Sound is better in the GTS, but the GR still manages tunes just fine.

The boot has a huge bulkhead behind the seats. Apart from bits of suspension, it wrangles a couple of subwoofers, housed within inches of the backs of passengers. I like that, a lot.

Touch sensitive push buttons run along under the tablet screen on top of the dash. You can memorise almost any function you want. It doesn’t have to be radio stations. It could be an address for the navigation, or the sports screen that tells you how many torques you’re using.

Safety comes in airbags and a rigid cabin. There is active safety like Active Cruise Control, Active Lane Control, AEB, and Active Blind Spot Monitor. For a full list, see Toyota’s website.

How easy is Supra to drive?

What an absolute peach.

Without overstating things, Supra is splendid. Steering is sharp without being too urgent. Brakes pull you up quick-smart, and sophisticated suspension soaks up bumps while keeping dead flat in corners. Supra switches direction with ferocious grip. Sophisticated double-strut MacPhersons at the front, and multi-links in the back, keep Supra flat and stable regardless of driver skill or enthusiasm. Although it is incredibly forgiving, all cars have a limit. The rear-wheel-drive Toyota never got close.

You can fill the 52L tank with 91ron juice if you wish, but I used the good stuff. It seems only right.

Once you press the starter button, the raspy straight cackles in to life. As you pull back on the selector while pressing the button at the side, the electric brake is released.

You can then drive like Miss Daisy is glaring at you. Even in normal mode, Miss Daisy would get an instant face-lift if you mash you loafer into the carpet. Sports mode is even better.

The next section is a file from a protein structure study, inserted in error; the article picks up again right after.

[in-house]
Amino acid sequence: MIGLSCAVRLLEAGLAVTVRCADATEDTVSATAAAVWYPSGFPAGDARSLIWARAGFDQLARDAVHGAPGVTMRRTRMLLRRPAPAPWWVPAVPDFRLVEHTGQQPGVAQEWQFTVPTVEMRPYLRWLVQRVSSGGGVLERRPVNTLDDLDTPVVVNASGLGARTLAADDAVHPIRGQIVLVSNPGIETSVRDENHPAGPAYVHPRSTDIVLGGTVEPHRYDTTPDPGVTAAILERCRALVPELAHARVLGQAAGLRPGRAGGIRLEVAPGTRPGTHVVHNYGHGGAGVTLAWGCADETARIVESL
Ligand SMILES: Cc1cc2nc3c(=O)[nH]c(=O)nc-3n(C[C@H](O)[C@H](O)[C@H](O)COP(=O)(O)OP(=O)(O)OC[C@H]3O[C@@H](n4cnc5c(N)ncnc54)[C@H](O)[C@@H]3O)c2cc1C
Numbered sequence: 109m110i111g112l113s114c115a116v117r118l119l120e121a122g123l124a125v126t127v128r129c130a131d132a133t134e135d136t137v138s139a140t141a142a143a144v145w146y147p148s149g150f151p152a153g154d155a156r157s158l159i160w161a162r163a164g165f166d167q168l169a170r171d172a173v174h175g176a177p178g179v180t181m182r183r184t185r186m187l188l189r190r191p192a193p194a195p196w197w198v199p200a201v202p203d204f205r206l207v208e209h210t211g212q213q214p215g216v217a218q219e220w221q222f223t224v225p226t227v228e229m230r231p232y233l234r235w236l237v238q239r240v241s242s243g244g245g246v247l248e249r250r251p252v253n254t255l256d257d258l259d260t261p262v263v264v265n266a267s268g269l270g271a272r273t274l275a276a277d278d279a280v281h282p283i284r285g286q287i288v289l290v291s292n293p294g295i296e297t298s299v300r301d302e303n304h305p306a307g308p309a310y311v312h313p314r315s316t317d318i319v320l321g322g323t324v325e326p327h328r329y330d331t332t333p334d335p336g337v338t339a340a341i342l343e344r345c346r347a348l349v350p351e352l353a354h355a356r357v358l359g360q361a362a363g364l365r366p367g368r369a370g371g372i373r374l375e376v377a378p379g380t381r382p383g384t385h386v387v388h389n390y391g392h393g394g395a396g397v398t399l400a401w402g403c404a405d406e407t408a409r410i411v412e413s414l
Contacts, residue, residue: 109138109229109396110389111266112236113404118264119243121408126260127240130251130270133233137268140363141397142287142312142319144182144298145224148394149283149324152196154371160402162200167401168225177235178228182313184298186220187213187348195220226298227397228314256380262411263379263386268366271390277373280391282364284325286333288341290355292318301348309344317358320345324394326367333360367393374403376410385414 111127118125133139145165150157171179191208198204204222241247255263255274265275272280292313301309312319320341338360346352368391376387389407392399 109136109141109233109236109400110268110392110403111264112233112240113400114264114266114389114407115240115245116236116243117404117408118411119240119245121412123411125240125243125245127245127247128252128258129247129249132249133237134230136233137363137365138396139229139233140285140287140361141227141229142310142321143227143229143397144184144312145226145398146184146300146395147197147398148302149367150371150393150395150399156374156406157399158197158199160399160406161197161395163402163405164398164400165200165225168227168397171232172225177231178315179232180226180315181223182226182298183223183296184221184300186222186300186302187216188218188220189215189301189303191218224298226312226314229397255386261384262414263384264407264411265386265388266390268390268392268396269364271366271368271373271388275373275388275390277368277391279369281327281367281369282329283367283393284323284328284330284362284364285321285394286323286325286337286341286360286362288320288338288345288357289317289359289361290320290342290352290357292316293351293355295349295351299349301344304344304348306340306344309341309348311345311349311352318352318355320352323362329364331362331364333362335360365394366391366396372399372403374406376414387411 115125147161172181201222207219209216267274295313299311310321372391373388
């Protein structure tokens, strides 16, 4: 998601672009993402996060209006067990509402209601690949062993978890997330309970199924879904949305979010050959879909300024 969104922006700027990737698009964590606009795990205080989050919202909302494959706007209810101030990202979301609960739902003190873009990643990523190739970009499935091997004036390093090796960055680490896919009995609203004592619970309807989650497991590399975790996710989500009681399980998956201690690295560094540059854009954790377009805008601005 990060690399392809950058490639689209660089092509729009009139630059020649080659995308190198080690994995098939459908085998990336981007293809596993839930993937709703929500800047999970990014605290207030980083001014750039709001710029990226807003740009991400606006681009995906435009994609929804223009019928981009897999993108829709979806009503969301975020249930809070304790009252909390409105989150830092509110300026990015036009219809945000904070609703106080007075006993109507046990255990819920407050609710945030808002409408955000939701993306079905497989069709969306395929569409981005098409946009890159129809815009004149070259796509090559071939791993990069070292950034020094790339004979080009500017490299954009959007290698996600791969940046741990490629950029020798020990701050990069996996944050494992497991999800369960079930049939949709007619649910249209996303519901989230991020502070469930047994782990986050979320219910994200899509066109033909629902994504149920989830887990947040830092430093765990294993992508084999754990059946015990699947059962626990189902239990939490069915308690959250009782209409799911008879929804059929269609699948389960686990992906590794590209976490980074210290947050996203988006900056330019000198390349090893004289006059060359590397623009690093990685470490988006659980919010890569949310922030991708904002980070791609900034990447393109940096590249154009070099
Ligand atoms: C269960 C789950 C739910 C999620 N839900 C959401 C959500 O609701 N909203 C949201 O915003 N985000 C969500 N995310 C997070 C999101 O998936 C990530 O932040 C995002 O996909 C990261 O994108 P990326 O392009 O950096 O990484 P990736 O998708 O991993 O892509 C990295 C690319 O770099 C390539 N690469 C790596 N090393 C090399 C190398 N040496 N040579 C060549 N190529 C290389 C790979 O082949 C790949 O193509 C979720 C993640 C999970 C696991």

You change directions like a cat on carpet, with that urgent bark from the engine cackling madly between shifts. You can make it sound even angrier by suddenly backing off the gas.

We rolled the windows down to get that bit of fresh country air, but the buffeting was horrific. You can manage it by experimenting with the windows at differing heights if you have nothing better to do with your time. Personally, I’d rather just drive.

Macquarie Pass is one of Australia’s prettiest, and most dangerous ribbons of black.

One moment you’re drifting through the gorgeous green pastureland of the Southern Highlands, and the next, you’re plummeting headlong down sandstone escarpments. Hairpin bends, dips, gentle curves, and gracious sweeps, combine to reward.

Apart from a hint of lively tail, Supra sat up, back straight, arms in.

Is Supra suited to city driving?

City driving is a trial, and it’s getting worse. Cars dart all over the place as if road rules were more of a suggestion than law.

We’re doing a compilation of hapless nongs caught on cam, so stay tuned.

Meanwhile, visibility has to be good if you are not going to rip lumps of hair out by the roots. Low slung coupes are notoriously hard to use in tight car parks. Supra’s sensors and a clear reversing camera make parking a doddle.

What’s my verdict?

High expectations usually lead to a bunch of pouty-faced curse words. I was so eager to experience this Toyota that I feared it was going to be a pale pastiche, a mere shadow of the former models. After a week, I’d fallen deeply and madly in love.

I’ve no doubt Z4’s topless temptations would lead to tremendous treks, Supra seems cheap by comparison. Though, it’s all relative.

On the road, the GR is still 92 grand, way more than most people will ever spend on wheels. Supra isn’t aimed at “most people”. It’s intended for someone treating themselves as a reward for a life well lived.

We’ve been on the receiving of many adores, and much mad waving. People took pics, and loud comments could be heard during the endless dreariness of the traffic-light-tango.

You try and not notice, but the blushing is a dead give-away.

I love Supra, and anyone who disagrees with me is wrong, that’s an end to it. This Toyota induces deep and enduring lust, and girds the loins of many a sweaty-palmed teen. Your mum will stand, purse-lipped, at the top of the stairs. Her disapproving look will prove, absolutely, that your choice was the right one.

2020 Toyota Supra

  • Engine: 3.0L 6cyl twin scroll) turbo
  • Power: 250kw/1500Nm
  • Econ: 9.2 L/100km on our trip
  • Transmission: 8-speed ZF Automatic
  • Warranty: 5 years/unlimited km
  • Safety: Not Rated
  • Origin: Graz, Austria (alongside BMW Z4)
  • Price: $85,900 (GTS $94,900) PLUS onroads